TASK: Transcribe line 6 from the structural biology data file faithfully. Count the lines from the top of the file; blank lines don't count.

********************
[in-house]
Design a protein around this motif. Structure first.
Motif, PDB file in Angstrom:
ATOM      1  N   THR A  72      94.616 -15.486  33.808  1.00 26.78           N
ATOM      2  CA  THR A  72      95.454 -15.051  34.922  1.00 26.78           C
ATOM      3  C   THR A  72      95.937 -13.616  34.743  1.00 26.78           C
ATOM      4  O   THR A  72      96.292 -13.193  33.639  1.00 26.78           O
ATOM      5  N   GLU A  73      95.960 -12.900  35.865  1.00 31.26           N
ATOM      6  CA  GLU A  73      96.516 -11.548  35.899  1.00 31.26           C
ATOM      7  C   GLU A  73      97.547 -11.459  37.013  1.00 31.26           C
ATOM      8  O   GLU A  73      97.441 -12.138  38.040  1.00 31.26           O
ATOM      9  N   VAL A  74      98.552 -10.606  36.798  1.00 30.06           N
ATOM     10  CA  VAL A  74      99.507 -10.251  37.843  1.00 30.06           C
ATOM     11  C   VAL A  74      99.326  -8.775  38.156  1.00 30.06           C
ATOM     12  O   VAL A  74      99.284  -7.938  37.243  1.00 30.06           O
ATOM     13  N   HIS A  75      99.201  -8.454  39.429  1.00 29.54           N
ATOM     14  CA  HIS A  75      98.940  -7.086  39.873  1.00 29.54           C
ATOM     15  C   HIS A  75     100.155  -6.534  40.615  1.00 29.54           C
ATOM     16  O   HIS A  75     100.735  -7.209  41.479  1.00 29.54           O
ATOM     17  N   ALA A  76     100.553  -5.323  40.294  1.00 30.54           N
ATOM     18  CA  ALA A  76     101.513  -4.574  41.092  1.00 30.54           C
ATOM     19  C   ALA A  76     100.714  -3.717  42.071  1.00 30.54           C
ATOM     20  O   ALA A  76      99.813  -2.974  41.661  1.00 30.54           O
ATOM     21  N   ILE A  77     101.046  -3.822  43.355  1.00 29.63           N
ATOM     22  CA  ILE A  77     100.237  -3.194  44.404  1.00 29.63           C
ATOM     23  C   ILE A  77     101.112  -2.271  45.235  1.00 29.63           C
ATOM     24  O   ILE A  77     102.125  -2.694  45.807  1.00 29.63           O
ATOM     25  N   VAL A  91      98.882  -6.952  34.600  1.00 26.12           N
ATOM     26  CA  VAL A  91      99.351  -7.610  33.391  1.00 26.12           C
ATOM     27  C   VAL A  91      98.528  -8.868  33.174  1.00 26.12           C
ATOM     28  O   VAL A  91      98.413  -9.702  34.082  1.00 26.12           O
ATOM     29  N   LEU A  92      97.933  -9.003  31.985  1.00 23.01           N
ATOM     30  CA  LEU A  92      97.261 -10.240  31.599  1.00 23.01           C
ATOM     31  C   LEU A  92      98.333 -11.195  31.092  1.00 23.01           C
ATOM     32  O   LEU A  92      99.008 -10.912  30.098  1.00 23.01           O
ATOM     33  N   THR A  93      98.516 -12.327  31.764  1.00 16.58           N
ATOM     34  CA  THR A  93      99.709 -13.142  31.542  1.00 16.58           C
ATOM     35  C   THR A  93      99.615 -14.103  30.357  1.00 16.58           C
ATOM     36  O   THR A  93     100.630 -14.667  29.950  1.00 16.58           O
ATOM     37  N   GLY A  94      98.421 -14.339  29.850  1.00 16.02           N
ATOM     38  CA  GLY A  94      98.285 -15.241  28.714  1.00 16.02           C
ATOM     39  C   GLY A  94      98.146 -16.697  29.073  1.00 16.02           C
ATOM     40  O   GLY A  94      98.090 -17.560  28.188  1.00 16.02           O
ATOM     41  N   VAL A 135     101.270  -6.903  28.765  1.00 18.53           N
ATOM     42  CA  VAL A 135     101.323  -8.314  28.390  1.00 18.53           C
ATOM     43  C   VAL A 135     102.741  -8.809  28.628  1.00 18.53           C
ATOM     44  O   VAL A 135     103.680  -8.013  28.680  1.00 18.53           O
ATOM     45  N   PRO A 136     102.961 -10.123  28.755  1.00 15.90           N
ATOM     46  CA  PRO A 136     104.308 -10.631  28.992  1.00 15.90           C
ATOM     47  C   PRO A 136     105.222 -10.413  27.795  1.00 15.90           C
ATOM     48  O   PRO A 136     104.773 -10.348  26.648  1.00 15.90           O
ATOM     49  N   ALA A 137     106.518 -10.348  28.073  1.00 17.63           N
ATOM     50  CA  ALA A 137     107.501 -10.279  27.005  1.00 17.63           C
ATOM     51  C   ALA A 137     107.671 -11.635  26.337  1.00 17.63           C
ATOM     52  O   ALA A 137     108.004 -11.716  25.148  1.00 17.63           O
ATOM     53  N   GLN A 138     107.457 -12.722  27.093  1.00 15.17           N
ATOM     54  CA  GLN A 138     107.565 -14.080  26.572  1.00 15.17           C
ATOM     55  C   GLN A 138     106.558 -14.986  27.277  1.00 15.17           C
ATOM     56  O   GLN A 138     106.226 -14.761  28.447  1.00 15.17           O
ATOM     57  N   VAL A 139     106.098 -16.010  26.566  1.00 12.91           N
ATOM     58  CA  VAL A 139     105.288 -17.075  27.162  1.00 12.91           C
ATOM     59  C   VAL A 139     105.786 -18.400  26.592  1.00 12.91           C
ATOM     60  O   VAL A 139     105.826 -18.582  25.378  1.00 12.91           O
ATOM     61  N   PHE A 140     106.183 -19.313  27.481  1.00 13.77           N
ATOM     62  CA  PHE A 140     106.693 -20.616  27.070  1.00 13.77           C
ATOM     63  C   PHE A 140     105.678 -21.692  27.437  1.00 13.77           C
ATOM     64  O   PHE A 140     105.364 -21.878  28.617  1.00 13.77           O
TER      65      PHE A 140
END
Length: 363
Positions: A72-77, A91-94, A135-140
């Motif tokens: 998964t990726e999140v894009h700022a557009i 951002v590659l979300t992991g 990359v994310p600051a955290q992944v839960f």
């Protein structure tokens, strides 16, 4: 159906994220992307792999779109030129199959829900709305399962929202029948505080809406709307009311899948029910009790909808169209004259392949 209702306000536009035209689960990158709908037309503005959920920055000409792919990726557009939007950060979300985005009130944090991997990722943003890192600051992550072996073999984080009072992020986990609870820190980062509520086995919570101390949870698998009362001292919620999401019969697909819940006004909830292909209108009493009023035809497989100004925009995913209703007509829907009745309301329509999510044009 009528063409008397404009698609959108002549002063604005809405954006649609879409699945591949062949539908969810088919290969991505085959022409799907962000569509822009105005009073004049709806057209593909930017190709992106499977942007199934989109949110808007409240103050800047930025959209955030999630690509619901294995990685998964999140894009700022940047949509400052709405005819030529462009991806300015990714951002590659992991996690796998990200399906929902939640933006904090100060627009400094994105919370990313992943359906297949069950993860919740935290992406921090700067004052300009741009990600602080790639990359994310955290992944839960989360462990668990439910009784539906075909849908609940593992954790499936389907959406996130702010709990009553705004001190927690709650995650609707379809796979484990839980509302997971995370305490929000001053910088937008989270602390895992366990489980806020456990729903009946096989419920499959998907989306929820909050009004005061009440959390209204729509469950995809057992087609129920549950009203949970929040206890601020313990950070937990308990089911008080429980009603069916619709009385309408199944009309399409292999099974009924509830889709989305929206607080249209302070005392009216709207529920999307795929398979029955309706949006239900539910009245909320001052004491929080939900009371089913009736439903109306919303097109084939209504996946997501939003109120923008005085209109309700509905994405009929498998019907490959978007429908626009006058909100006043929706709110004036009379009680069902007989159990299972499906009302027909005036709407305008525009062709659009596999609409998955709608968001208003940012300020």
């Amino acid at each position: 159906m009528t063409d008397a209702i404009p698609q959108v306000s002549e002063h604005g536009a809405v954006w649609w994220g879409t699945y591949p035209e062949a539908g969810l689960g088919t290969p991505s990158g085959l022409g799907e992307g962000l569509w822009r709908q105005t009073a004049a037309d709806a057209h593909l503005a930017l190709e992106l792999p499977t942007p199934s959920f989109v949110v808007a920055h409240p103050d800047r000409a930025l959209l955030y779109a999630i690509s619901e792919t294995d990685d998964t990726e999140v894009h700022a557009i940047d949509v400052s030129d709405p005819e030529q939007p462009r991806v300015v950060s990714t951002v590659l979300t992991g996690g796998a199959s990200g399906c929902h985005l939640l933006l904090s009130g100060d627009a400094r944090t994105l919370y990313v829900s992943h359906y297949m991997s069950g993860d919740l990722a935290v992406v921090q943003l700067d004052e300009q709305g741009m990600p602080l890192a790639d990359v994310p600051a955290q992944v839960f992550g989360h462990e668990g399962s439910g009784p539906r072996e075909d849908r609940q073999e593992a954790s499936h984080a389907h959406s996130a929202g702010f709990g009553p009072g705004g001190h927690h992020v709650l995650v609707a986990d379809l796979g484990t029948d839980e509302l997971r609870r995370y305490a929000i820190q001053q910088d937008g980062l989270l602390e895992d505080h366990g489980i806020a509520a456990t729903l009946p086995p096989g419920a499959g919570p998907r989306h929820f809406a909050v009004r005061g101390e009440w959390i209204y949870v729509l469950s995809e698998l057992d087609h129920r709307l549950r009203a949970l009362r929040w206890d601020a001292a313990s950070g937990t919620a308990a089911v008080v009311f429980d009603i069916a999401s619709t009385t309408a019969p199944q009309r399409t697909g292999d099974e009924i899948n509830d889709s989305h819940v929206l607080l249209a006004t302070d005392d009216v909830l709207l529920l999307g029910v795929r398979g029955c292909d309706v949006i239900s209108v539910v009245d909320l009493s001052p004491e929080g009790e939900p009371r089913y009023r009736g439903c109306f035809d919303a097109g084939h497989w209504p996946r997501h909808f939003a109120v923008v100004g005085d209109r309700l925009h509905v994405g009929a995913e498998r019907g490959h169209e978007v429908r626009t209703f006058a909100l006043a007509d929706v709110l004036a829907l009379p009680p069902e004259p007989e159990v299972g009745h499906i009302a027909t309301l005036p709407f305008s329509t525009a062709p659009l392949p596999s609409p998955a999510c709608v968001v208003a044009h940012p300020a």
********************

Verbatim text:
ATOM      3  C   THR A  72      95.937 -13.616  34.743  1.00 26.78           C